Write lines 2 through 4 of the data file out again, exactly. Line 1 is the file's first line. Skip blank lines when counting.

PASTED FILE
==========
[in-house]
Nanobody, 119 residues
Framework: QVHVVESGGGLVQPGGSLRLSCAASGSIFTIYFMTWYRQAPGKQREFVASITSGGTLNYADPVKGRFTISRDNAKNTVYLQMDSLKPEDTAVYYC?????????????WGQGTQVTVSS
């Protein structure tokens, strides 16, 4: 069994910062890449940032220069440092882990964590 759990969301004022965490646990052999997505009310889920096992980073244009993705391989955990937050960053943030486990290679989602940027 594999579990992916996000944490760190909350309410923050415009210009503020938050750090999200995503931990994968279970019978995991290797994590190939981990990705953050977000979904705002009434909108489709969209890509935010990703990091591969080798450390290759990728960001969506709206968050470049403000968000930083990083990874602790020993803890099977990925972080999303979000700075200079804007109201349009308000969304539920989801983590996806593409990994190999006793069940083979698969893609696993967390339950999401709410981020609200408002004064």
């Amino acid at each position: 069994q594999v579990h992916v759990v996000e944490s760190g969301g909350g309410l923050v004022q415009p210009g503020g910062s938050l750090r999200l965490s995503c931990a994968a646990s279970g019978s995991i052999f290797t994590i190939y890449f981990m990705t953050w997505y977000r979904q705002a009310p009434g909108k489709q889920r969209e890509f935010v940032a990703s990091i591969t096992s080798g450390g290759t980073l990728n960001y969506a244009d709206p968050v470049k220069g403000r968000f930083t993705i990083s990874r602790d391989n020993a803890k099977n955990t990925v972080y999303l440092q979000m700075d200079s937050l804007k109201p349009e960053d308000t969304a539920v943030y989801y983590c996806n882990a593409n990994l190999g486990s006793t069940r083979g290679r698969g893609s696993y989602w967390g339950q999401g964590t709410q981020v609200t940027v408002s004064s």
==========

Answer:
Nanobody, 119 residues
Framework: QVHVVESGGGLVQPGGSLRLSCAASGSIFTIYFMTWYRQAPGKQREFVASITSGGTLNYADPVKGRFTISRDNAKNTVYLQMDSLKPEDTAVYYC?????????????WGQGTQVTVSS
């Protein structure tokens, strides 16, 4: 069994910062890449940032220069440092882990964590 759990969301004022965490646990052999997505009310889920096992980073244009993705391989955990937050960053943030486990290679989602940027 594999579990992916996000944490760190909350309410923050415009210009503020938050750090999200995503931990994968279970019978995991290797994590190939981990990705953050977000979904705002009434909108489709969209890509935010990703990091591969080798450390290759990728960001969506709206968050470049403000968000930083990083990874602790020993803890099977990925972080999303979000700075200079804007109201349009308000969304539920989801983590996806593409990994190999006793069940083979698969893609696993967390339950999401709410981020609200408002004064």